Existing research has shown that care leavers are one of the most disadvantaged groups in society and are at particular risk of experiencing negative long-term outcomes including unemployment, homelessness and mental health problems.
This thesis makes a contribution to knowledge in this area by focusing upon a group of care leavers about whom very little is currently known: care leavers in higher education. These are young people who despite the odds, have succeeded educationally and are overcoming their early disadvantage to make a successful transition from care into adulthood.
This thesis uses Bourdieu's theory on transformation and reproduction in society and the concepts of capital, field, and habitus to explore care leavers' experiences of higher education. It considers how the support available to care leavers from their local authorities and higher education institutions has developed since Jackson and colleagues (2005) Going to University from Care study first highlighted deficits in the level of support provided to care leavers.
This thesis also compares the experiences of care leavers with students from other disadvantaged backgrounds to understand where care leavers have specific support needs as a result of not being supported at university by their birth parents.
Finally, this thesis considers the impact of the Buttle UK Quality Mark, developed in response to the findings of Jackson and colleagues (2005) and awarded to universities demonstrating a commitment to supporting care leavers.
Reference: Hyde-Dryden, G. (2013). Overcoming by degrees: Exploring care leavers' experiences of higher education in England. PhD. Thesis. Loughborough University. https://hdl.handle.net/2134/12260
There is a lot to commend this PhD thesis; our favourite part (as sociologists & careleavers with 1980's University experience);
" The findings show that small gestures and items from carers, social care and HEI staff are often of great importance to care leavers. This reflects the arguments of Ward (2011), who states that care leavers’ possessions can have a symbolic value helping to maintain a sense of continuity of self and the thread of identity. The gestures and items described by care leavers in the current study can be viewed as helping maintain their sense of identity through others recognising what is important to them as individuals. Such gestures and items also help to reinforce existing and new supportive relationships, which will assist care leavers settling into the unfamiliar field of higher education. These relationships will form the basis of a care leaver’s support network and provide the route through which support and therefore capital can be accessed as they progress through higher education"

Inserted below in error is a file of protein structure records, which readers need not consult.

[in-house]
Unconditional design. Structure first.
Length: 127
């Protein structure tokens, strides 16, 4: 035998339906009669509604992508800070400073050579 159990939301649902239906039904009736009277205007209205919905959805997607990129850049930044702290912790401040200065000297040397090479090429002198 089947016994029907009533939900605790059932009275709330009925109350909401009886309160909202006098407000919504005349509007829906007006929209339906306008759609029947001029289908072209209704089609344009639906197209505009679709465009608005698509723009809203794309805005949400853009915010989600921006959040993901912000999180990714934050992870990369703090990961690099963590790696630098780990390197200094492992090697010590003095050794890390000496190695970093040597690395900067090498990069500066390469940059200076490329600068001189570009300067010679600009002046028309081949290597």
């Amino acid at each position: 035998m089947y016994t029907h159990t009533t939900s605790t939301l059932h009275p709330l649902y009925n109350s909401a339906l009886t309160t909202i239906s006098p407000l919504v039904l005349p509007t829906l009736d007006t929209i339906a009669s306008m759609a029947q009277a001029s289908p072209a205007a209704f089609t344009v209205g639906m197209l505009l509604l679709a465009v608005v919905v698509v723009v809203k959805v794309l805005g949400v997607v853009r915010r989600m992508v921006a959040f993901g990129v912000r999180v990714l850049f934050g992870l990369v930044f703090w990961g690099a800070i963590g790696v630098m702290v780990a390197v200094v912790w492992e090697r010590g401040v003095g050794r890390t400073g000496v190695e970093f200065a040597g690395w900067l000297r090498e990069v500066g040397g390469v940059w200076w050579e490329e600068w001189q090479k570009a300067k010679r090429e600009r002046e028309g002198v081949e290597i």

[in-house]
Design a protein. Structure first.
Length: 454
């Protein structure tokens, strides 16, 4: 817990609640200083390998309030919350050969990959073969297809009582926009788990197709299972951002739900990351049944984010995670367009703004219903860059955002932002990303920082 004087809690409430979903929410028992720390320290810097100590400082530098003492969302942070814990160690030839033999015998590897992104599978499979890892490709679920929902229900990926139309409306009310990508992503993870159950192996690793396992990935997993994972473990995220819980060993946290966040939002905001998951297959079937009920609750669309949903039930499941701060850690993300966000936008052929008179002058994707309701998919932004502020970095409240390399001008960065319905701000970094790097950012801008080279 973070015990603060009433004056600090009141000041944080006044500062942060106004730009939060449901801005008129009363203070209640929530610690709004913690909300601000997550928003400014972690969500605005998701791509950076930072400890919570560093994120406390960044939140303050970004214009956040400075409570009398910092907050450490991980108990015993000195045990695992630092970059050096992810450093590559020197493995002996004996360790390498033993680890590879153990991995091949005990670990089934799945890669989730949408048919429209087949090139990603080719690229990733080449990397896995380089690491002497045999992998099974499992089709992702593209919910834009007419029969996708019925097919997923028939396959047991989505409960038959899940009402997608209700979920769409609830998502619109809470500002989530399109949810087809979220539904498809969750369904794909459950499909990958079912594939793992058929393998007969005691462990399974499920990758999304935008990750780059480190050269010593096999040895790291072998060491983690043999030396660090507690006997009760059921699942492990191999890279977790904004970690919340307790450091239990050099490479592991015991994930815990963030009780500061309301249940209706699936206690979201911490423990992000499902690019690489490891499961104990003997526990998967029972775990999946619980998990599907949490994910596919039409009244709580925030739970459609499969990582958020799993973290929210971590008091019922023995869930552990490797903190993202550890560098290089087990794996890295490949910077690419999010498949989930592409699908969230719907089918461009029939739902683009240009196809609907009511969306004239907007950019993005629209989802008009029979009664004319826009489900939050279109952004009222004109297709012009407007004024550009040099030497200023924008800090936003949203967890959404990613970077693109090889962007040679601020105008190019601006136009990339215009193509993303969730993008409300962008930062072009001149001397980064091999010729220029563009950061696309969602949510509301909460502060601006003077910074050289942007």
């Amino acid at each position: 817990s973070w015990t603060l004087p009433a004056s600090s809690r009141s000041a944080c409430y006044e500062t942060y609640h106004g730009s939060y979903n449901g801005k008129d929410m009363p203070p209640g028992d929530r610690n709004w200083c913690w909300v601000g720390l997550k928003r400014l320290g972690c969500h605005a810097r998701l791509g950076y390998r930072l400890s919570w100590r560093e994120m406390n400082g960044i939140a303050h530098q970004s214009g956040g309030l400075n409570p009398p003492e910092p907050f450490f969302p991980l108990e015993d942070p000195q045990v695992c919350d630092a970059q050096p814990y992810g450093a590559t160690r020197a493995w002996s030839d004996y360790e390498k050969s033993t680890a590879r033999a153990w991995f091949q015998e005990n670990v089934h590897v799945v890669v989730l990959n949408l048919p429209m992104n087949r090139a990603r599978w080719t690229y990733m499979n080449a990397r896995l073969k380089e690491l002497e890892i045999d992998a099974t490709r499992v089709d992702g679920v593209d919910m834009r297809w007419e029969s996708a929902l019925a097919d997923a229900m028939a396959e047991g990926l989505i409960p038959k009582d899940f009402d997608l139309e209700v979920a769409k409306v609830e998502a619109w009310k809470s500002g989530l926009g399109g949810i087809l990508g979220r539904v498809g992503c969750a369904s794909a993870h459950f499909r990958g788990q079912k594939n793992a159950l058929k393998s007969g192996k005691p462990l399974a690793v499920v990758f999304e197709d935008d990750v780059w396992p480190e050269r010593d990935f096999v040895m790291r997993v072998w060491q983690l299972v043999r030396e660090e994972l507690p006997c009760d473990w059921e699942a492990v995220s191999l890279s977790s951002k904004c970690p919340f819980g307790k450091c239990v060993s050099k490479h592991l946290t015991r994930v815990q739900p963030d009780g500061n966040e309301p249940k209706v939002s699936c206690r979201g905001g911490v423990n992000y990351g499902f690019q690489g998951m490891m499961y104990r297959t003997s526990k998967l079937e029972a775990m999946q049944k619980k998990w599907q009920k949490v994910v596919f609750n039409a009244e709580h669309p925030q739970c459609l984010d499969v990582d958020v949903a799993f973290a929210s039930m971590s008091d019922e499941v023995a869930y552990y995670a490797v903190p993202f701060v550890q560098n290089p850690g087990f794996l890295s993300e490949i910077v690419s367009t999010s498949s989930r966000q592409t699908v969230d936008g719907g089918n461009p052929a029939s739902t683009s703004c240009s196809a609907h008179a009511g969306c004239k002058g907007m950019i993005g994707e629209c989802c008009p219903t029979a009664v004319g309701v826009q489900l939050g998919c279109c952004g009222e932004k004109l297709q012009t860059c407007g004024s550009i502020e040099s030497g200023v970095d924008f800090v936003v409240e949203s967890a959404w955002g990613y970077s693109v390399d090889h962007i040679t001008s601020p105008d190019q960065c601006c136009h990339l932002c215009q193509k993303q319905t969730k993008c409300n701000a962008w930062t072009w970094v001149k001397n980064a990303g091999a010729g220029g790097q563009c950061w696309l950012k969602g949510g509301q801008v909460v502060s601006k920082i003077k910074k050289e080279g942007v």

Well worth a read - and actually a really good use of Bourdieu in this respect.... so, whilst we are doing some Bourdieu, students of sociology and education will recognise that there is much about the concept of class in Bourdieu's work - it is also the case that being in care and the leaving thereof is also similarly associated; so we point students to academic Diane Reay's book Degrees of Choice: Social Class, Race and Gender in Higher Education - to help develop thinking of Bourdieu in this, and wider, regards.
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In the UK, a PhD stands for ‘Doctor of Philosophy’, sometimes referred to as a ‘doctorate’. It is the highest level of degree that a student can achieve. At some institutions, a Doctor of Philosophy is known as a DPhil. It is distinct from professional doctorates such as EdD (Doctor of Education).
A PhD usually culminates in a thesis of around 80,000-100,000 words, based on research carried out over the course of the research study. The research must be original and aim to create new knowledge or theories in their specialist area, or build on existing knowledge or theories in novel ways.
A doctoral thesis in the social sciences will normally have a comprehensive literature review of the specific research area, in addition to a particular theoretical focus (a conceptual framework) sometimes even where two more sets of theories overlap (intersect). The research is 'supervised' normally by two experienced academics and examined by another two experienced academics who are experts in the field of study, one of who is external to the awarding University.